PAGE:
sixers team is not unlucky, it’s just a mediocre team the way the team currently uses its players. The Sixers have a bad record in close games for a reason… Doug Collins belief that Lou Williams is the teams closer.. Having a player whose game is suited to play off the ball and plays bad defense, come in and dominate the teams late game possesions while costing the team on defense is the perfect formula to get beat in a lot of close games. Not unlucky, bad coaching strategy late in games.. Have an off the ball player dominate the ball causing the offense to be ineffiecent while having a super small lineup on defense is not how to win close NBA games down the stretch and it is the reason the Sixers have a terrible record in close games and has directly cost the team at least 3-7 games this year, just off the top of my head,

  2. Kmac
    20. April 2012 at 10:53

    I tell people all the time that this team wasnt the same after that Clippers loss…

  3. Tim
    20. April 2012 at 15:57

    What a joke! Your theory made a little bit of sense up until you said “was legitimately the best in basketball for a substantial chunk of the season”… you lost everyone in the universe with that. The Sixers are mediocre, and have absolutely no inventive coaching come crunch time, which explains their historically bad record in close games. They were never the best in basketball, hell they were never top 15 in basketball, as there are 10 teams in the West better than the Sixers… and I am a fan! This silly, homer, biased reporting is what makes sports media so terrible.

  4. Jay
    20. April 2012 at 22:04

    I agree w/Mike–love my sixers but they aren’t really that great. Most of our success lied in the fact that we were beating the teams we were better than–the teams we’re supposed to beat. On the same token we would consistently lose to better teams. Also, I’ve lamented all season our lack of a late-game closer. Lou Will is terrible in those clutch situations, his clock management is horrid and he inevitably ends up taking a bad shot or no shot at all. Unlike Mike though, I won’t blame coach–Doug’s just working with what he’s got. Lets be real, close game situation its either gotta be Lou or AI–and neither of em been clutch with any kind of consistency this season.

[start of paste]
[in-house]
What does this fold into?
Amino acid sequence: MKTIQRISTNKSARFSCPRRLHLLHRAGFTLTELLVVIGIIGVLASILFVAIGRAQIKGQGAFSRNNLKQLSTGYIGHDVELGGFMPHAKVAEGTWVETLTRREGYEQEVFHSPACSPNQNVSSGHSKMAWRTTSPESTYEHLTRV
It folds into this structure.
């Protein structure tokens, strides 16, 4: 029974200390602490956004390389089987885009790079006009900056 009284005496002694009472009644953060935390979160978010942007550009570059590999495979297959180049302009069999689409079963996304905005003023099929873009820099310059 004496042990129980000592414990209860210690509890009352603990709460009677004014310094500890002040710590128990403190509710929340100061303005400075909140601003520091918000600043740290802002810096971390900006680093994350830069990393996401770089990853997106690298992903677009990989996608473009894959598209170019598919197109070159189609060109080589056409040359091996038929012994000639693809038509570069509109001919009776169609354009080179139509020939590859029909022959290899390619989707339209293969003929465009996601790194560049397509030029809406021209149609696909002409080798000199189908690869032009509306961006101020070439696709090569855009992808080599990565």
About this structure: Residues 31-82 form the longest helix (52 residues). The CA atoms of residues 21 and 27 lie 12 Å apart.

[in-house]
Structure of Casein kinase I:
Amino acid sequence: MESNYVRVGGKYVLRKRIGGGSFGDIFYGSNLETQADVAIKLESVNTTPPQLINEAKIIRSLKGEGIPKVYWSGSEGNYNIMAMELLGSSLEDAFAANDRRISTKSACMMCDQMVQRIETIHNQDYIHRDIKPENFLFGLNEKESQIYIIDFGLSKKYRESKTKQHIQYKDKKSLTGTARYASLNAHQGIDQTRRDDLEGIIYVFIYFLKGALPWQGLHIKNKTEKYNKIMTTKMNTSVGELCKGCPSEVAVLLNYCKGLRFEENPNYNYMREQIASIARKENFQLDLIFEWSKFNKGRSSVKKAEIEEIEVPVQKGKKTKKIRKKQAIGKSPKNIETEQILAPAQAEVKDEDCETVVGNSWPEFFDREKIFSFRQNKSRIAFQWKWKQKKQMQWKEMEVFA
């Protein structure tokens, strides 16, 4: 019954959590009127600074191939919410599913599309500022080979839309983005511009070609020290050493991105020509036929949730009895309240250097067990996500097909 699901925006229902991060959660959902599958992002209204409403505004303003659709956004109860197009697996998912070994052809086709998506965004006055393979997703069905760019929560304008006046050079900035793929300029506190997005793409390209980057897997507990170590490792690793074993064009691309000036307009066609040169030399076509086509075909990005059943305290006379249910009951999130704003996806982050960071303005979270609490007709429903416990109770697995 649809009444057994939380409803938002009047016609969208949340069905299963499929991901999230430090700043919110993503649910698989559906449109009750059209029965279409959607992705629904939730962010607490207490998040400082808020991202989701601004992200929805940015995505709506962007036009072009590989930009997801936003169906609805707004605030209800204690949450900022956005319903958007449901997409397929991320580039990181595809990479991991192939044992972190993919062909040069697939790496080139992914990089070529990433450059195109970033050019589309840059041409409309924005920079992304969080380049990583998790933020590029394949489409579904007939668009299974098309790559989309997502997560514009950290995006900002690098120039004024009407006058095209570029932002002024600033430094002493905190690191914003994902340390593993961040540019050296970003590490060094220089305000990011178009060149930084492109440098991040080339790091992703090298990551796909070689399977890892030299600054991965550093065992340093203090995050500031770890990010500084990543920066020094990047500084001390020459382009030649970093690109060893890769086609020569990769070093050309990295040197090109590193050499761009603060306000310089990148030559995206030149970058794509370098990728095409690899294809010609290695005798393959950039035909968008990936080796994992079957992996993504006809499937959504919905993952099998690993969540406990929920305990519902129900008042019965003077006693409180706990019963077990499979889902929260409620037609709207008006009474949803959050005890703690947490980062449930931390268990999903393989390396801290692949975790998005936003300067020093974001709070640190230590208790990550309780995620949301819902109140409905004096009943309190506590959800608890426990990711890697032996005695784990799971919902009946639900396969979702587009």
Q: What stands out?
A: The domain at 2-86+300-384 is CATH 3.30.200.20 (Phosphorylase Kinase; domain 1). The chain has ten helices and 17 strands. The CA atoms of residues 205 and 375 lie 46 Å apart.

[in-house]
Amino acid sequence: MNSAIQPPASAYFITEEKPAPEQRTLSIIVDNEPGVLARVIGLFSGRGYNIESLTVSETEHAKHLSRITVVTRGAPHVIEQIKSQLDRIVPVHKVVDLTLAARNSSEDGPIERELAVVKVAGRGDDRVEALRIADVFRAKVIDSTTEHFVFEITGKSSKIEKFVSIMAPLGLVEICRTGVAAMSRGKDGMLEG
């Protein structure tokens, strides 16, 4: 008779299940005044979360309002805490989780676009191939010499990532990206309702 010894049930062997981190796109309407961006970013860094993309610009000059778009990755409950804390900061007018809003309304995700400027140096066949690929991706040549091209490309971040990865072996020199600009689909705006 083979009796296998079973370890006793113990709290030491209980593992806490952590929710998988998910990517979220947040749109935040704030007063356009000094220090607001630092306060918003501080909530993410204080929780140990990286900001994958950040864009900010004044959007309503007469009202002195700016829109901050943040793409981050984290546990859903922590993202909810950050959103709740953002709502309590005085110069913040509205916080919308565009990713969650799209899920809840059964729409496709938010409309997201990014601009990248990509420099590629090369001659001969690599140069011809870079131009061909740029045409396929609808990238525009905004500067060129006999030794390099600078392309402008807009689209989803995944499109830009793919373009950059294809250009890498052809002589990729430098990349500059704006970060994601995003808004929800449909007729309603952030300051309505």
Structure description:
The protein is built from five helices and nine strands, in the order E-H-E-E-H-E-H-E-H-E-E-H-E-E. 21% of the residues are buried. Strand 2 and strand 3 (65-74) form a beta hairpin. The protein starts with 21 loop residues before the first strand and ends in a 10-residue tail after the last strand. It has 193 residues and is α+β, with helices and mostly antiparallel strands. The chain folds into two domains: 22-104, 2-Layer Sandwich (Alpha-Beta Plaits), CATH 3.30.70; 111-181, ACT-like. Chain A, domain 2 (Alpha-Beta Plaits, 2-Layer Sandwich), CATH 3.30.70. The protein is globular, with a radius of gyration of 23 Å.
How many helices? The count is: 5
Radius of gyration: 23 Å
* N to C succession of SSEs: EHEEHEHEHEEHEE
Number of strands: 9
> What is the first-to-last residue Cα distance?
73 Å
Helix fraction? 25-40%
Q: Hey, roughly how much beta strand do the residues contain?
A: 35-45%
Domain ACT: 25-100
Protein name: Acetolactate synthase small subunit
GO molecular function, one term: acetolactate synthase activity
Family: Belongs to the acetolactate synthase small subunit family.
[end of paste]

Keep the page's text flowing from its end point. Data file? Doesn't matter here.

5. Caster
    21. April 2012 at 09:00

    @Tim: it’s the 76ers blog. It’s supossed to be homer and biased. This isn’t a national media article. Team blogs and games broadcast on your local stations should have a homer feel to them. Games on TNT, ESPN should not.

  6. rob
    21. April 2012 at 10:37

    Wow that piece was on par with the sixers play of late. Dreadful. Terrible theory and worse explaination. How about you stop trying to be Simmonsesque and just post highlights of #3 breaking ankles. Can we retire his jersey yet?

  7. KRS1
    21. April 2012 at 13:30

    is it a coincidence this article came out on 420?

  8. Jay
    21. April 2012 at 18:13

    Brady replaced Drew Bledsoe, who had a SB appearance under his belt and was legitimately a top 5 QB at the time. Brady didn’t become great just because of hard work and competitive greatness, he always had the talent, most people just didn’t realize it as quickly as Belichick. The Sixers just simply do not have the talent. Their early season success has proven to be somewhat of a fluke due to the weird offseason.

  9. Matthew
    22. April 2012 at 08:46

    I would agree with Tom that at no point were the Sixers actually the best team in the league. That high scoring margin was simply a result of beating up on weaker teams at home. However, according to the Hollinger ratings, the Sixers were ranked number 1 for a few consecutive weeks so I understand were one could produce such a claim.